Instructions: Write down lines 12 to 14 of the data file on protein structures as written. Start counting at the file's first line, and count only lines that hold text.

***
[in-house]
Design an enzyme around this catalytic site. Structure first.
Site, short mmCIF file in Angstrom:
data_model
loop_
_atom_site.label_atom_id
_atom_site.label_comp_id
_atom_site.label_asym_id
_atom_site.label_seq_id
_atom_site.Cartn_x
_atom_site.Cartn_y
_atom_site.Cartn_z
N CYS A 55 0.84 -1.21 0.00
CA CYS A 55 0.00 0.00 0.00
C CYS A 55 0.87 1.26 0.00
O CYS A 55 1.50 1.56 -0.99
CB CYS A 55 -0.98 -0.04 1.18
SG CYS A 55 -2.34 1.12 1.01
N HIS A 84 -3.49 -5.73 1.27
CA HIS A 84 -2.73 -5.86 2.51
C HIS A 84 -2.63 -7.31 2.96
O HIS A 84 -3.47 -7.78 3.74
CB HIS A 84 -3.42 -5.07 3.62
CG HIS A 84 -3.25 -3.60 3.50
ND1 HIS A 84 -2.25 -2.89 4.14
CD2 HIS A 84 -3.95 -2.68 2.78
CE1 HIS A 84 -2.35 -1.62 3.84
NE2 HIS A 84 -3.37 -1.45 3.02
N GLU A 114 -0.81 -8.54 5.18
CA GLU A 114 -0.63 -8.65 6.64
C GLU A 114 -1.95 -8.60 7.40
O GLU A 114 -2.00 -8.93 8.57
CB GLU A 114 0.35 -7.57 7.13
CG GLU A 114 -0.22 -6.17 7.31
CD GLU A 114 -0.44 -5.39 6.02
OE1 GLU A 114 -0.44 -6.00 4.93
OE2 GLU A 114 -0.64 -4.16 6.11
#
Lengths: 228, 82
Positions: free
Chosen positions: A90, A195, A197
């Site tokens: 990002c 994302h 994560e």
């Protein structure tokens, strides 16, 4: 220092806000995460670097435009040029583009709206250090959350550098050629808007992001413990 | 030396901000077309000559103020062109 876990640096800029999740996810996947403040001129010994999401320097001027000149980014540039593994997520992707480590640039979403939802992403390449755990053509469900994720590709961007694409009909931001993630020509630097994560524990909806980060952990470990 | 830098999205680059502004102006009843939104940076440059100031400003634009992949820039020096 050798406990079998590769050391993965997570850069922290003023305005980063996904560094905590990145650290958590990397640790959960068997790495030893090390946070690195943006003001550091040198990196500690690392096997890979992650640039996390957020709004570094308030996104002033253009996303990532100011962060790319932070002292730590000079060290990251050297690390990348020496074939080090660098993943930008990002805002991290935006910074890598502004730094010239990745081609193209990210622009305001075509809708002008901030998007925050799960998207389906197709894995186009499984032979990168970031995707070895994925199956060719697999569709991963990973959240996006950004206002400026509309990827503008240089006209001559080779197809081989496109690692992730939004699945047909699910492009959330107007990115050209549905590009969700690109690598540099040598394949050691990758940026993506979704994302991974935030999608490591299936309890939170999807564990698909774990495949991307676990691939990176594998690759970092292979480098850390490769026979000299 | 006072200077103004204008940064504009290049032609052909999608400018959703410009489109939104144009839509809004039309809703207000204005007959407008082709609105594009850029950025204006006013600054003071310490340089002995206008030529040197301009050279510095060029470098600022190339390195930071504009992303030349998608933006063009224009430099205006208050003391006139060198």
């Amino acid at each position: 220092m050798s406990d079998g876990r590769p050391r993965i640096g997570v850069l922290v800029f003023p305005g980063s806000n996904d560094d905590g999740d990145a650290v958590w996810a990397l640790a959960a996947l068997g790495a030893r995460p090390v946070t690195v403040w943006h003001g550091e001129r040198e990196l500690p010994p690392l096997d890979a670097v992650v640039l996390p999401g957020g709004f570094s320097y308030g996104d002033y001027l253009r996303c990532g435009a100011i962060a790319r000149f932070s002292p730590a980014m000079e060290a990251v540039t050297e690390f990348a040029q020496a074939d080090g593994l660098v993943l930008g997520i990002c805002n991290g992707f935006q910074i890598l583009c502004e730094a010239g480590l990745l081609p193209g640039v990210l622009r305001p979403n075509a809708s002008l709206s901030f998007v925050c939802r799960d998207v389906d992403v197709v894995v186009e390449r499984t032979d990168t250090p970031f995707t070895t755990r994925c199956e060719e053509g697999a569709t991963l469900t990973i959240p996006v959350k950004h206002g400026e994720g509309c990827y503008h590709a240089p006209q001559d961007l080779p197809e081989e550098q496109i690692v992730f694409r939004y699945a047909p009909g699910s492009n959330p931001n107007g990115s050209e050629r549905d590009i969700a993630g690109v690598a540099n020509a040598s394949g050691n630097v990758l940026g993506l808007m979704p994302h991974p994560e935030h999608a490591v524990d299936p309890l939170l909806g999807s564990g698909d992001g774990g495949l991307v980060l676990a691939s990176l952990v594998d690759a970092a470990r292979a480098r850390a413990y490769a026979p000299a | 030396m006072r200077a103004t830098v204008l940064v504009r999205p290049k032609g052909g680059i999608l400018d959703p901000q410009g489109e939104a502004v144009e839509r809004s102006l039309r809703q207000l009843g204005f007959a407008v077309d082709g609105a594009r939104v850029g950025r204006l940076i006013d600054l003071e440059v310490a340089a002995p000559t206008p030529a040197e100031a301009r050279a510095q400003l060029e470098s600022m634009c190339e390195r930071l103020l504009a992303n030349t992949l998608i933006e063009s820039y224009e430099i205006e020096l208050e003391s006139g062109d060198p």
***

_atom_site.Cartn_z
N CYS A 55 0.84 -1.21 0.00
CA CYS A 55 0.00 0.00 0.00